In the Our Father, we are taught that the verse, “forgive us our trespasses as we forgive those who trespass against us,” means God forgives us the way we forgive others. Why is that? Can’t God forgive regardless of what we do?
Certainly, God can forgive anyone anything – even the most heinous sins. He is all-loving and all-powerful after all. So when we say God can’t forgive us if we don’t forgive others, it isn’t a defect in his love, mercy, or power; the defect is in ourselves that prevents him from doing it. This is how it goes…
Since God is all-knowing, he is the one who can only judge fairly for he sees not just through our actions, but our motivations. Therefore, it is only he who can choose to forgive or not. Since God is all-loving, he is the only one who can judge without bias. We cannot do that because our fallen nature is tainted. This means to proclaim a sentence on anyone is God’s prerogative, and it is his alone.
The default for the rest of us, who don’t have this privilege, is to forgive others. When we choose not to forgive someone, we assume God’s right. In effect, we are removing God from his position and putting ourselves in his place. When that happens, we no longer provide God any space in our lives. And God, fully loving us and respecting our free will, give us what we want – a life where he is not our God. When he is no longer our God, he can’t forgive us only because we won’t allow him to. He will not interfere with what we want. It’s as simple as that. This is the same explanation for every sin against the Holy Spirit that “cannot be forgiven.” There is no sin God cannot forgive, but it is through our own defect that prevents God from forgiving us.
Forgiving others is not easy, especially when we are emotionally scarred beyond recognition. We, who do not deserve God’s forgiveness, still get it even if our sins have scarred us so we no longer look like children of God. If he blinds himself so he can “see” through our scars, who are we to do otherwise.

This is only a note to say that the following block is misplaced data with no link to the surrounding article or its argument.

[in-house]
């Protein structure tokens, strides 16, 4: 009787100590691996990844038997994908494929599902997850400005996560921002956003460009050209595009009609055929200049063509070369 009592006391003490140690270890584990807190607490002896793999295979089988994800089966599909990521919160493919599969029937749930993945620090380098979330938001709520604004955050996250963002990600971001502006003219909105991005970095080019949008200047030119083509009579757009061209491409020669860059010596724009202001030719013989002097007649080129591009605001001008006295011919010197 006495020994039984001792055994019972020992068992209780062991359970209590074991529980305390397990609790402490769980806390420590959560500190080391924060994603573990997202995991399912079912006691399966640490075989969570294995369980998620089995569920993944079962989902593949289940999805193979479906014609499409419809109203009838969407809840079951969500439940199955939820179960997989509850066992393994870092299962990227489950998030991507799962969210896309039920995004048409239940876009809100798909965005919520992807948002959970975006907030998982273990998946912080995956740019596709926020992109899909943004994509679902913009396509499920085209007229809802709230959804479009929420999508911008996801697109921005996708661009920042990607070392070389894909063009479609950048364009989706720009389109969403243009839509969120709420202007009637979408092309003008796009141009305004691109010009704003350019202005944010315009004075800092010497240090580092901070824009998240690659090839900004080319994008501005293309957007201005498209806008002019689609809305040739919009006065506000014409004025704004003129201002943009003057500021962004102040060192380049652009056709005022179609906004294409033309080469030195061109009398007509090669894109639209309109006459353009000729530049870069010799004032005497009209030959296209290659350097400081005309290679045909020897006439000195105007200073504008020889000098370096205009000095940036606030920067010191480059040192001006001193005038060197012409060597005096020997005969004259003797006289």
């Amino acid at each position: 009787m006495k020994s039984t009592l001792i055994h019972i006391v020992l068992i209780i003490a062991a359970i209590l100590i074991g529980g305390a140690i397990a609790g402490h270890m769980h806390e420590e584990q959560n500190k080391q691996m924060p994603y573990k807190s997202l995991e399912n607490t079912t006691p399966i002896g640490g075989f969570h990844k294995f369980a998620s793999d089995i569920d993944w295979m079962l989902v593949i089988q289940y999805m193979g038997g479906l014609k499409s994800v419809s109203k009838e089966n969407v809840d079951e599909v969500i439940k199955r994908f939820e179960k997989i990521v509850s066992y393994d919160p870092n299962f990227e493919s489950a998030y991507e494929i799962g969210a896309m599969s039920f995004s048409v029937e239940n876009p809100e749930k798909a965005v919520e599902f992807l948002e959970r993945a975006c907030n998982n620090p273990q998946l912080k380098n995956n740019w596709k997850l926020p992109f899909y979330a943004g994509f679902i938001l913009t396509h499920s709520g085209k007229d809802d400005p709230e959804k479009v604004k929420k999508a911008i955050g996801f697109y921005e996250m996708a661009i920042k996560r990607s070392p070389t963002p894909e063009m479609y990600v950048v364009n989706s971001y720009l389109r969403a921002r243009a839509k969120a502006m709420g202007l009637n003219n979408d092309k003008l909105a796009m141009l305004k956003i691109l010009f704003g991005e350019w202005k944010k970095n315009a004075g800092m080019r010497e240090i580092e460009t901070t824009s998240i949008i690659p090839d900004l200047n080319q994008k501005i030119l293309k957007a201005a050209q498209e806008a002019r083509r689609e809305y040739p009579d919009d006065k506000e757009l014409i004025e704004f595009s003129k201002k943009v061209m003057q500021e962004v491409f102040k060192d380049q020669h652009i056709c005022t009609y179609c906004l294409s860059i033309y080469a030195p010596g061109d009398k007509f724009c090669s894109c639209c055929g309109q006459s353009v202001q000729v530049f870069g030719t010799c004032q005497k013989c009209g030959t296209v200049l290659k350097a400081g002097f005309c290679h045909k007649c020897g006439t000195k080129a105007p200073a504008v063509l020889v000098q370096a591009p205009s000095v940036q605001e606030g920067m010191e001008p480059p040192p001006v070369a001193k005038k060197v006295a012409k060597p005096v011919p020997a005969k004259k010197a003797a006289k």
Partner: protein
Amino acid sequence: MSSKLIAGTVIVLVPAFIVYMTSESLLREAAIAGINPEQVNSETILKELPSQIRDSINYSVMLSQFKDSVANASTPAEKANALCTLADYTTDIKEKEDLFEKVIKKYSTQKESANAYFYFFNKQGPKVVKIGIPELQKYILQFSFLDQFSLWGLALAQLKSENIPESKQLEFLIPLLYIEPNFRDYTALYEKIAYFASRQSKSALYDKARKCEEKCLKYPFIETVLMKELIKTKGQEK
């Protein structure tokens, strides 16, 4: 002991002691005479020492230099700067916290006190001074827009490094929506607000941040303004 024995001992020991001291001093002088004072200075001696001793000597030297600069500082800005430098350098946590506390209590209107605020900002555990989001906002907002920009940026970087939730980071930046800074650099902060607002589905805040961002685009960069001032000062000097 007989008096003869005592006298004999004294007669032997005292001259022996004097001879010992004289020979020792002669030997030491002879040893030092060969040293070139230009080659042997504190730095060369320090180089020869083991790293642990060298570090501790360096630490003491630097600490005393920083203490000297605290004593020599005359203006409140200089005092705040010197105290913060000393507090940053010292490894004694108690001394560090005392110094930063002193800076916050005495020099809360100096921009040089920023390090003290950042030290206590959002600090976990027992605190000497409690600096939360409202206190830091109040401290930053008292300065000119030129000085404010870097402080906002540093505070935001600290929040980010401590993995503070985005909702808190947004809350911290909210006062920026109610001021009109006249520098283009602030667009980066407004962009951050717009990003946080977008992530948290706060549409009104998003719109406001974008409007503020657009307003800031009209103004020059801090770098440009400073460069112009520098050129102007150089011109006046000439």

The act of forgiving will not come suddenly; it is a virtue that has to be formed. The best way to start is by forgiving others, without fanfare, in the little things that don’t really harm us. When someone forgets to call us back, let it go. When your partner forgets to take out the laundry from the washing machine, let it go. When your son or daughter forgets to pass by the grocery as you asked, let it go. (When actions of others can be harmful, then you do have the responsibility to correct it, but always do it from a place of love, not anger or revenge.)
Start forgiving others today! If you are holding a grudge against someone, let it go. Be the first to wave the olive branch of peace and reconciliation.
BOOK BY THE AUTHOR
100 Things Every Catholic Should Know
Whether or not you are new to the Catholic Church, or struggling, or lapsed, or dynamically involved, this book will enlighten you with the essentials of the Faith that have been handed down to us by the apostles.
Each of the 100 topics is easy to read and distilled into bite-sized portions. Through cross-referencing, the book also shows how the topics are interrelated. Those who are new to the Faith will find this book an edifying handy reference, and those who have simply forgotten will find it a great review material that might spark a new love for God and religion.
Joby finished Theology courses from the University of Notre Dame. He is a contributing writer at www.catholic365.com, and teaches in the De La Salle College of St. Benilde where he engages students in conversations about religion, pop-culture, and food.
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